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Goaltender's Hockey Climb

by Mike Doyle / Minnesota Wild

Before every game he’s set to start, goaltender Adam Carlson jogs the Grandad Bluff overlooking La Crosse, Wis. The mesa neighbors Onalaska where Carlson plays for the Coulee Region Chill of the North American Hockey League (NAHL). It’s a peaceful vista where the Edina native can clear his mind in preparation for the night’s game.

The scenic view is a stark contrast to Carlson’s young hockey career; a climb over the rocky bluffs might be more representative of his ascent to junior hockey, as the 19-year-old took an unlikely route to the NAHL.

Contrary to many teenagers who find themselves playing junior hockey, Carlson wasn’t a highly sought after high school standout. In fact, the netminder was cut from the varsity team in his senior year at the talent-laced Edina High School.

However, this being the State of Hockey, there is a place for like-minded high schoolers who still want to play the sport: Minnesota's Junior Gold league. Two decades ago, Minnesota Hockey’s District Directors created a league for players aged 15-18 who were either cut or opted out of playing high school.

“Obviously, it was disappointing,” Carlson said. “But, I established a good relationship with the Junior Gold team and coaching staff.”

After failing to make the high school team, Edina’s Junior Gold coaching staff of Bill Smith, Doug Andreen, Rick Barnes and Jim Friedrichs was quick to contact the netminder and invite him to skate with the team.

“That season defined who I was as a hockey player,” Carlson said.

The goaltender backstopped the team to a Junior Gold State Championship, allowing only two goals in three games including a decisive 6-1 win in the championship game against Blaine.

It would’ve been easy to hang up the pads after the state title, go off to college, maybe play a little club or drop-in hockey, but Carlson didn’t want to end his competitive playing days after his senior year. No, before the season the goaltender set his sights on a higher aspiration: college hockey. While going from Junior Gold to college might be considered a long shot, Carlson’s passion for the game drove him to want more, but hockey was going to be over if he didn’t do something about it.

The summer between his junior and senior year of high school he started working at General Sports, a hockey shop in Edina. Through connections with the store, Carlson was hooked up with goaltending coach Ryan Ess, who runs DEVENIRGoaltenders School, and began training leading into his senior year.

Despite the setback of getting cut from Edina’s varsity team, Ess and Carlson devised a plan. They went to dinner with Adam’s parents, John and Lisa, and mapped out the path he’d have to take. This was just a steppingstone. He’d finish the season with his Junior Gold team, move onto the North American Tier III Hockey League (NA3HL), and then to the North American Hockey League (NAHL).

“It was love of the game and a lot of it was wanting to play college,” Carlson said about the decision to continue past high school. “People I worked with (at General Sports) said that you have all the time in the world to grow up. That’s when I made the decision to play Tier III.”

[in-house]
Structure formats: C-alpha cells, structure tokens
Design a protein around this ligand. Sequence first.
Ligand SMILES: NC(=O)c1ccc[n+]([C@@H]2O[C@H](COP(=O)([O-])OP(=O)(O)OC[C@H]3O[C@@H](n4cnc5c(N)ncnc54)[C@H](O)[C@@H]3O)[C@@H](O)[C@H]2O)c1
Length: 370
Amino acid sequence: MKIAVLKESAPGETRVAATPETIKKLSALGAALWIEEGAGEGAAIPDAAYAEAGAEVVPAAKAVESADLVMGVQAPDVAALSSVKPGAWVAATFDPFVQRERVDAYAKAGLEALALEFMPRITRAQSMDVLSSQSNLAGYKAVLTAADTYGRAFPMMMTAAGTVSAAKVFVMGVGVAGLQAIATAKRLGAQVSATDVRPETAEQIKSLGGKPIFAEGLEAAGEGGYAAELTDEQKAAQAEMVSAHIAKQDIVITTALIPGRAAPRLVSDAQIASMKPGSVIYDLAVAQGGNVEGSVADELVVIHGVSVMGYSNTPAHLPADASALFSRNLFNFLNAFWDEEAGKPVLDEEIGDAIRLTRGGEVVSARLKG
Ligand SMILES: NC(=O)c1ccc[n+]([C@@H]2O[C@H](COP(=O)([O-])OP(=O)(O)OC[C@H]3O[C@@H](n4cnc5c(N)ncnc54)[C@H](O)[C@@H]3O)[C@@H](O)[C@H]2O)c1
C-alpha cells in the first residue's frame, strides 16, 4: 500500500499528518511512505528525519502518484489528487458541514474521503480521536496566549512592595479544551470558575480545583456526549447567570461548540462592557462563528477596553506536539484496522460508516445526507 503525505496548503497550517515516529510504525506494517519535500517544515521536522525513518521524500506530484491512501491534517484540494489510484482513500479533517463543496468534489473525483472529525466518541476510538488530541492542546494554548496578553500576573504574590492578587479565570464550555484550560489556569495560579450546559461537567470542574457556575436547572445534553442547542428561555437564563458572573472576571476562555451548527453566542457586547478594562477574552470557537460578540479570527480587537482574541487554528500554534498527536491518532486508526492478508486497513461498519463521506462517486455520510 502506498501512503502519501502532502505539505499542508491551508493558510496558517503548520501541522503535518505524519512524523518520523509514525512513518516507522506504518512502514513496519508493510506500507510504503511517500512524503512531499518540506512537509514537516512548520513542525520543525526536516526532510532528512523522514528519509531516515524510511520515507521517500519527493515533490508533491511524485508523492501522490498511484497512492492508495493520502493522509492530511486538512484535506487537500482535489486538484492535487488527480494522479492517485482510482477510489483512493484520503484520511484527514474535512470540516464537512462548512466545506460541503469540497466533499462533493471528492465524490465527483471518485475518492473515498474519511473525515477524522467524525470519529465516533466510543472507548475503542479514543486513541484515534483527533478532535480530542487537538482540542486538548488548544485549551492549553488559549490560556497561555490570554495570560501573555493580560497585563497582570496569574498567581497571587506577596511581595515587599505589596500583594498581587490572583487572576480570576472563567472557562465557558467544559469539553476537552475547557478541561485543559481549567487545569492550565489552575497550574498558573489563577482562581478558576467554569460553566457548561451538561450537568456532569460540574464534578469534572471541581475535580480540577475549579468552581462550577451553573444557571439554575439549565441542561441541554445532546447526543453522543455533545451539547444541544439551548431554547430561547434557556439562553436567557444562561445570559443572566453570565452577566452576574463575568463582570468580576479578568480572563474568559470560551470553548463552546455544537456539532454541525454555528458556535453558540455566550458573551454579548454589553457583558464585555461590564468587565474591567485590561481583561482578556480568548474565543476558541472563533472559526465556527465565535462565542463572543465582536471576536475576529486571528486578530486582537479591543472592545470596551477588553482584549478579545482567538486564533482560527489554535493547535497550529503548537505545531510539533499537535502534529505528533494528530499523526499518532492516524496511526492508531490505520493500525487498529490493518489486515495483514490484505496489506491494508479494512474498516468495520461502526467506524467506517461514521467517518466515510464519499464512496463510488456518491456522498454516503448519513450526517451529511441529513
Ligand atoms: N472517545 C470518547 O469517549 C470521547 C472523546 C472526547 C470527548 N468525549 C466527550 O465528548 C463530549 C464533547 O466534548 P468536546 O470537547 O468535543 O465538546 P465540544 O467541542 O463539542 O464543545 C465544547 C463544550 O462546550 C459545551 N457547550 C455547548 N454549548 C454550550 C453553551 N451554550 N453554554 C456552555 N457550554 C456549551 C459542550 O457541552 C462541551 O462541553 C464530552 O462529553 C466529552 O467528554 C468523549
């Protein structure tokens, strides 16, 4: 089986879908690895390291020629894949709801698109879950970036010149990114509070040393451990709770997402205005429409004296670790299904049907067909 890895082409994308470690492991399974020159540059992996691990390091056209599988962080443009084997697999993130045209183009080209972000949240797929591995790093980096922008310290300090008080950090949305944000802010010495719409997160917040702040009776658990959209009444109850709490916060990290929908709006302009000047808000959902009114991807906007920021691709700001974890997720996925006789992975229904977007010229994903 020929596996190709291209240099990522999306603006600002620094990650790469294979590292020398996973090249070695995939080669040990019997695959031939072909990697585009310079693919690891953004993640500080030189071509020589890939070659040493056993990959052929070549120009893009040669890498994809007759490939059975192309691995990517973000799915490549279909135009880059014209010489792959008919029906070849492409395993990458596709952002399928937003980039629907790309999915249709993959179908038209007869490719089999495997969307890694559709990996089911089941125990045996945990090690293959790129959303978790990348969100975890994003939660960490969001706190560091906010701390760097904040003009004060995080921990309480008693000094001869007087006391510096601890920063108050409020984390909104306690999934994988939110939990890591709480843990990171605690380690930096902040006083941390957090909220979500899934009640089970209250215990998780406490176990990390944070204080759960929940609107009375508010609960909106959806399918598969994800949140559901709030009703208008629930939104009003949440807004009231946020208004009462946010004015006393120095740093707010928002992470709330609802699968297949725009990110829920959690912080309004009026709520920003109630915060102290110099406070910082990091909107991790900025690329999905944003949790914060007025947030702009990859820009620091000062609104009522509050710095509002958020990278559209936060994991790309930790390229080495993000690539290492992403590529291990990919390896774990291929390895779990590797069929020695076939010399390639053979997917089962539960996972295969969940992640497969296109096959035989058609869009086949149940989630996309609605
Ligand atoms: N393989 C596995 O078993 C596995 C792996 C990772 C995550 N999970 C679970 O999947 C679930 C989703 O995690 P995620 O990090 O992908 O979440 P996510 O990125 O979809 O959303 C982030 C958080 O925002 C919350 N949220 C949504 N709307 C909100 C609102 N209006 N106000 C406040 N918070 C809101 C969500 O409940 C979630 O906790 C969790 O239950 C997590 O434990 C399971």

Carlson made the North Iowa Bulls in Mason City, but was traded to Steel County Blades of the Minnesota Junior Hockey League (MJHL). In the Blades’ inaugural season, Carlson was one of two Minnesota Division goaltenders to make the All-Star Team and was a runner up for the league’s Most Valuable Player award with a 3.14 goals-against average and a .914 saves percentage.

After a successful foray at the Tier III level, Carlson got tryout with the Chill and made the team out of camp. He responded with an outstanding opening month with the team, earning the NAHL Goaltender of the Month of September.

“Adam is quite the story so far and is following a similar path to those recent NAHL goaltenders who have had success in the league, who may have flown under the radar up until this point,” Chill head coach AJ Degenhardt told the NAHL website. “He is a big kid who can move well and has great agility. He is fundamentally sound and I think his underdog-type story is something that motivates him on a daily basis.”

That motivation is mixed in with what Adam describes as the Carlson trait of sticking to things.

“If you’re going to go for something, do it right,” Carlson said. “You have to mentally prepared for everything in overcoming obstacles and work harder than the guy next to you.”

It’s a lesson he learned from his parents, who he calls, “The most supportive family you could ever imagine.” He gets a text from one of his parents the morning of every game day asking if he’s in net that night. They make the three-hour trek nearly every time he starts in goal.

Carlson occasionally makes the trip back to the State of Hockey, but often times it is to work on his game. When he feels like his game is off he will drive home, go through a morning session with Ess and then return for the Chills’ practice.

“He never expressed that he wasn’t good enough,” Ess said. “He’s not one to sit around and wait for any slumps to go away on its own. He’s proactive in trying to get better.”

It’s that type of commitment and love for the game that has Carlson inching closer to his goal—climbing to the summit of college hockey.

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